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Philips 9809 Powered by Android 4K TV review – hands on: Why wait for Android L?

We put Philips' home grown Android smart TV system to the test to see if there's any reason to wait for Google

Philips came to this week’s IFA show in Berlin with all guns blazing, introducing a complete line-up of 4K TVs which represent a series of firsts for the company. The 9800 Powered by Android TV is the flagship 4K set, which combines a UHD resolution and AmbiLight ambient lighting with a brand new smart TV system powered by Google’s Android operating system. We got the chance to put one to the test during the show, to see if Philips has finally cracked Smart TV and made set-top boxes like Apple TV or Roku redundant.

Previous Philips TVs lagged behind the competition in terms of streaming services, but that won’t be an issue with the Android sets. You should be able to download all your favourite on demand and catch up services directly from the Google Play store, including BBC iPlayer, 4OD, Demand 5 and Netflix. 4K streaming content is supported, as the Android TVs all have HEVC codec support.

With access to Google Play, there are other possibilities too. One enterprising journalist installed a torrent downloader, found a 4K film trailer online and downloaded it to the TV, without having to jump on a computer or transfer the file from another device first.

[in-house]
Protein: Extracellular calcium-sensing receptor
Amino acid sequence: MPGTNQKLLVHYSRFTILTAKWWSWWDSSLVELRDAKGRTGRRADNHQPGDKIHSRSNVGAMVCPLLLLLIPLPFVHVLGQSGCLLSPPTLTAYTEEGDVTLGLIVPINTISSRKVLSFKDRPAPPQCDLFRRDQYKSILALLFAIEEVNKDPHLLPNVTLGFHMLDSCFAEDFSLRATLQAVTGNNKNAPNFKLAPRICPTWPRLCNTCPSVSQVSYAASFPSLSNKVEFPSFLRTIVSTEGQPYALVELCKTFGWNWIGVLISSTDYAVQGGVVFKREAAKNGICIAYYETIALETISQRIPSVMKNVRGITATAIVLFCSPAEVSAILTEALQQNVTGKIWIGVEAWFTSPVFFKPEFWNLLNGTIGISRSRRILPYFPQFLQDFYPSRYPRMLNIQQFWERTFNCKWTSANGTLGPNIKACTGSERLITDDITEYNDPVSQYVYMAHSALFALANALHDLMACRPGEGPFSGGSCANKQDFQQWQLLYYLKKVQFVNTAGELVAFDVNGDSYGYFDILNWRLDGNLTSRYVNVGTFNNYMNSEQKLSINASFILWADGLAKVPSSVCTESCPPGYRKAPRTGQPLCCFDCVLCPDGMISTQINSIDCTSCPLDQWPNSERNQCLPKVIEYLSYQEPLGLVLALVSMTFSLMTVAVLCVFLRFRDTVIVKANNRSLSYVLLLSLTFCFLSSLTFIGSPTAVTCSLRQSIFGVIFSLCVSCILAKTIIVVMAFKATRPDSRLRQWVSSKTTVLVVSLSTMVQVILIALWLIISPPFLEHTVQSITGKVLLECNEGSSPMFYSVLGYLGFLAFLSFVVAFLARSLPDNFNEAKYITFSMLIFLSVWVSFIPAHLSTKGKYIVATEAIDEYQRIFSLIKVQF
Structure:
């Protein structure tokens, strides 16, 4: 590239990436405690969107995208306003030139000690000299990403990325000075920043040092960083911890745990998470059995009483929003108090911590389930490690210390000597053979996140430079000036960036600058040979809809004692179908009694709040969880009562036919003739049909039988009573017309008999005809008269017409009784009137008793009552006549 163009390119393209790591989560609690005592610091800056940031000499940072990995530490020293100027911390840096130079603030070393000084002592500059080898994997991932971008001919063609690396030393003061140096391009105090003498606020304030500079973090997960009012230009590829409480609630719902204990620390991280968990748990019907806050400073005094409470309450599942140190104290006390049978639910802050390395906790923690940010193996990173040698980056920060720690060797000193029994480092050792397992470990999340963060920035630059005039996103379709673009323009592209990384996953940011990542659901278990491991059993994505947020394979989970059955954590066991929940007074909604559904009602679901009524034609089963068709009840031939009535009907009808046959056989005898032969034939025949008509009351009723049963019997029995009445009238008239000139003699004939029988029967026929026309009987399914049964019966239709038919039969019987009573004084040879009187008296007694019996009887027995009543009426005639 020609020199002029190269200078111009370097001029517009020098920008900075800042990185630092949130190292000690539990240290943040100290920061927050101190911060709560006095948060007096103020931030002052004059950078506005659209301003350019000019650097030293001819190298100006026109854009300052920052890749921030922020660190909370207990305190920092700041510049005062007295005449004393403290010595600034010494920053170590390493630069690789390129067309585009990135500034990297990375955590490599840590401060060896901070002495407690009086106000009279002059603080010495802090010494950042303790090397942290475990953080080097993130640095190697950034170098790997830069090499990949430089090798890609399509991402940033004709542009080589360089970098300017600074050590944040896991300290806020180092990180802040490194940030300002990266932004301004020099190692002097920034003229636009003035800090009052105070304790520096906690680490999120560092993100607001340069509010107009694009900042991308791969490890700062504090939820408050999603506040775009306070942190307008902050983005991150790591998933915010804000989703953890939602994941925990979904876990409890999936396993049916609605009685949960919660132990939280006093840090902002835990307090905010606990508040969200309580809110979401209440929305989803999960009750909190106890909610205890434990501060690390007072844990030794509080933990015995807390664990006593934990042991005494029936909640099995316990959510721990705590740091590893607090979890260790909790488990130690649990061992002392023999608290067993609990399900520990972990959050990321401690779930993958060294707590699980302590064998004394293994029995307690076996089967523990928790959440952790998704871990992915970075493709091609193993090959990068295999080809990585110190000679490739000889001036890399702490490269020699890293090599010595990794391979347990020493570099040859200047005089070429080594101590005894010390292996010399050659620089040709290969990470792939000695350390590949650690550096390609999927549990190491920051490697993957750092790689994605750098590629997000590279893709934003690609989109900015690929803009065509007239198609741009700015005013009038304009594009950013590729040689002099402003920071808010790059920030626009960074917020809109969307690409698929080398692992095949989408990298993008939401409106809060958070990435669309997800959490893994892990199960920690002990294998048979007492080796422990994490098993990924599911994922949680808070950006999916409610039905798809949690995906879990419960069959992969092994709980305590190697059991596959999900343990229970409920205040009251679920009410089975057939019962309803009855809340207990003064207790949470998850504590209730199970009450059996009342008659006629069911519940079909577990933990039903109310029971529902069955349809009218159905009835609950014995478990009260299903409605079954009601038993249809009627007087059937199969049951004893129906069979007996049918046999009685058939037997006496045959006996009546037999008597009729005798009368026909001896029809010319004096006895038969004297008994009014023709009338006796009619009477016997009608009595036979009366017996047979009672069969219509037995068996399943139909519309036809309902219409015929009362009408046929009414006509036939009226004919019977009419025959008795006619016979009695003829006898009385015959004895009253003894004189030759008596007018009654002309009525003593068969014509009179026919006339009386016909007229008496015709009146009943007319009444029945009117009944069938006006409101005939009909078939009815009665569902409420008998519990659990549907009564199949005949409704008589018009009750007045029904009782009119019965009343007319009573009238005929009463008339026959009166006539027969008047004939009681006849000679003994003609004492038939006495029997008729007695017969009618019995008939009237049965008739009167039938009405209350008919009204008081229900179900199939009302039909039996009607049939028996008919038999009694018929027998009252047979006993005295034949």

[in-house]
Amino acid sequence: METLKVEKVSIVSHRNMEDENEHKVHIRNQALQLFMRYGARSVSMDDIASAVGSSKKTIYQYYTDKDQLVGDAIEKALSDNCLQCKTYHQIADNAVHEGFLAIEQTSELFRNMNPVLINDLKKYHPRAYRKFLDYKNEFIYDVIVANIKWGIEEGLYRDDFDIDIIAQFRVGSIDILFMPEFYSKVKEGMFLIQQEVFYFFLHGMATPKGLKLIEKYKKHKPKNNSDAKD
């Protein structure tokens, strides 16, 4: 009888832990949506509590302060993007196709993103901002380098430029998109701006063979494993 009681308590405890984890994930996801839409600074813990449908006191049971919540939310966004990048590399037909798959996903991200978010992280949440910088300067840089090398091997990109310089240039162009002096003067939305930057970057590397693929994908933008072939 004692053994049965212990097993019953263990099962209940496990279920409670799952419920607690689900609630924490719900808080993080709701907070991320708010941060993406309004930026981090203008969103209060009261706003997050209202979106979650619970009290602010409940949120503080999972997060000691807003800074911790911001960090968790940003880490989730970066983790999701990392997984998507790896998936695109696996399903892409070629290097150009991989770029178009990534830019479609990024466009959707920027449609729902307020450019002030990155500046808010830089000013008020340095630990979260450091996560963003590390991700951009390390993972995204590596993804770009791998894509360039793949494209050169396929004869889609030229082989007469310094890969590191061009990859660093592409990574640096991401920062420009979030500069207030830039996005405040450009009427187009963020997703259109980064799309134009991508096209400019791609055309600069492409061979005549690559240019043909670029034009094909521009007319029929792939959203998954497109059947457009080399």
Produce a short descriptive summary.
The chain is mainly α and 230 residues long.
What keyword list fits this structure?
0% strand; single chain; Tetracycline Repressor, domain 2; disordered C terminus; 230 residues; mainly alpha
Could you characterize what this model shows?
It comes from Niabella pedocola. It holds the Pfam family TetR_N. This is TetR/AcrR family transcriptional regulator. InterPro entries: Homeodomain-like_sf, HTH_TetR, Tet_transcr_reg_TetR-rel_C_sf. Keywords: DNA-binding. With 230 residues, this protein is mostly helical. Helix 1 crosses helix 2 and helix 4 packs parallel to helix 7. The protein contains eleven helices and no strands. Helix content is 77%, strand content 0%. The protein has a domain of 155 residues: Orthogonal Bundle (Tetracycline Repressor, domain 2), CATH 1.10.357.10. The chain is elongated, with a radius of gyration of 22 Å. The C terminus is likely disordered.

Each TV will include 1.6GB of internal storage for installing apps, but that won’t last long once you start downloading games. Thankfully you can use one of the rear USB ports to attach a flash drive or external hard disk, adding up to 64GB of extra storage. This will also turn the TV into a rudimentary PVR, letting you pause, rewind and record live TV. 

Surprinsgly, Philips has included its old Cloud TV app store as well as Google Play. Almost every app contained in Cloud TV is also available from the Play Store, making us wonder why you would ever use the cut-down Cloud TV version rather than a fully featured Android App. 

Philips has hidden the default Android interface, replacing it with its own, TV-centric design based on icons. You can customise it to a degree, moving icons, uninstalling unwanted apps and adding widgets for certain installed apps for easy access.

Everything is controlled using the bundled remote control, which builds on the comprehensive remote introduced at IFA two years ago. It retains the QWERTY keyboard on the back for quick text entry and touch-sensitive pointer button on the front, which puts a mouse cursor on the screen when it detects your finger on the button. You can then move around the screen by waving the remote, similar to a Nintendo Wii motion controller. A hexa-core CPU inside the TV provides ample processing power, so Android never felt sluggish when switching between homescreens, loading apps or opening the live TV guide. 

The remote now has a microphone built in as well, leting you use voice commands to control the TV. Philips has also added gesture controls, using the intregrated Skype video camera, but we can’t see the point; it’s fiddly and slower than using the traditional remote.